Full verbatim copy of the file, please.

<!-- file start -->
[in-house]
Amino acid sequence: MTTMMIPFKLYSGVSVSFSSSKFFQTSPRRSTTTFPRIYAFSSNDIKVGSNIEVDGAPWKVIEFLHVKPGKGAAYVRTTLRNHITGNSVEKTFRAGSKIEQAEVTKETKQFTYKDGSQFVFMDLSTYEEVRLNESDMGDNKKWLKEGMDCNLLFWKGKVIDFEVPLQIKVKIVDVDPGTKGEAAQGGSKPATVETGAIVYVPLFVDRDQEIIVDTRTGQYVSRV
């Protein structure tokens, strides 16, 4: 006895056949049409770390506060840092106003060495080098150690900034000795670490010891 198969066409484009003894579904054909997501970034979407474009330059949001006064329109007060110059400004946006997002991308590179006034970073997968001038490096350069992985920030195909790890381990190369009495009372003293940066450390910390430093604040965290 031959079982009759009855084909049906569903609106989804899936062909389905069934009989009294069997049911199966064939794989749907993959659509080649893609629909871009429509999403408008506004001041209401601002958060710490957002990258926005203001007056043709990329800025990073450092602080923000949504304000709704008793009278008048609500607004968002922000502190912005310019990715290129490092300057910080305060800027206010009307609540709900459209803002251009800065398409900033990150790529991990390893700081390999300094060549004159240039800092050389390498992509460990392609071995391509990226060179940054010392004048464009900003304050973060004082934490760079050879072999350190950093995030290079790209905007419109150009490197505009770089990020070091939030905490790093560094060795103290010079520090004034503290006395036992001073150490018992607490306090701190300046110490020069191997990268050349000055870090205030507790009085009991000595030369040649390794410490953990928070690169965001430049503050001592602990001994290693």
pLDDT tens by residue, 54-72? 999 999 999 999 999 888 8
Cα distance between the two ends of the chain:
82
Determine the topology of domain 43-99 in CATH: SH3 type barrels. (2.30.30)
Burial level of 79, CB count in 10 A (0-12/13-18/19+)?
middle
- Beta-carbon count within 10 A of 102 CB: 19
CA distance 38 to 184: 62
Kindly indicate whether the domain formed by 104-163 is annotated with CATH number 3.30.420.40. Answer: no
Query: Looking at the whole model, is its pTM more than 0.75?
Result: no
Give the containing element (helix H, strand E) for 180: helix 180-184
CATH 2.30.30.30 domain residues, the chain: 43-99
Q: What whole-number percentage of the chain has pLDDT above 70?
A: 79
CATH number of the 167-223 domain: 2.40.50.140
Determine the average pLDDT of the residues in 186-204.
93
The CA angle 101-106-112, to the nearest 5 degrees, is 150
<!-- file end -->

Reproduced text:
[in-house]
Amino acid sequence: MTTMMIPFKLYSGVSVSFSSSKFFQTSPRRSTTTFPRIYAFSSNDIKVGSNIEVDGAPWKVIEFLHVKPGKGAAYVRTTLRNHITGNSVEKTFRAGSKIEQAEVTKETKQFTYKDGSQFVFMDLSTYEEVRLNESDMGDNKKWLKEGMDCNLLFWKGKVIDFEVPLQIKVKIVDVDPGTKGEAAQGGSKPATVETGAIVYVPLFVDRDQEIIVDTRTGQYVSRV
């Protein structure tokens, strides 16, 4: 006895056949049409770390506060840092106003060495080098150690900034000795670490010891 198969066409484009003894579904054909997501970034979407474009330059949001006064329109007060110059400004946006997002991308590179006034970073997968001038490096350069992985920030195909790890381990190369009495009372003293940066450390910390430093604040965290 031959079982009759009855084909049906569903609106989804899936062909389905069934009989009294069997049911199966064939794989749907993959659509080649893609629909871009429509999403408008506004001041209401601002958060710490957002990258926005203001007056043709990329800025990073450092602080923000949504304000709704008793009278008048609500607004968002922000502190912005310019990715290129490092300057910080305060800027206010009307609540709900459209803002251009800065398409900033990150790529991990390893700081390999300094060549004159240039800092050389390498992509460990392609071995391509990226060179940054010392004048464009900003304050973060004082934490760079050879072999350190950093995030290079790209905007419109150009490197505009770089990020070091939030905490790093560094060795103290010079520090004034503290006395036992001073150490018992607490306090701190300046110490020069191997990268050349000055870090205030507790009085009991000595030369040649390794410490953990928070690169965001430049503050001592602990001994290693």
pLDDT tens by residue, 54-72? 999 999 999 999 999 888 8
Cα distance between the two ends of the chain:
82
Determine the topology of domain 43-99 in CATH: SH3 type barrels. (2.30.30)
Burial level of 79, CB count in 10 A (0-12/13-18/19+)?
middle
- Beta-carbon count within 10 A of 102 CB: 19
CA distance 38 to 184: 62
Kindly indicate whether the domain formed by 104-163 is annotated with CATH number 3.30.420.40. Answer: no
Query: Looking at the whole model, is its pTM more than 0.75?
Result: no
Give the containing element (helix H, strand E) for 180: helix 180-184
CATH 2.30.30.30 domain residues, the chain: 43-99
Q: What whole-number percentage of the chain has pLDDT above 70?
A: 79
CATH number of the 167-223 domain: 2.40.50.140
Determine the average pLDDT of the residues in 186-204.
93
The CA angle 101-106-112, to the nearest 5 degrees, is 150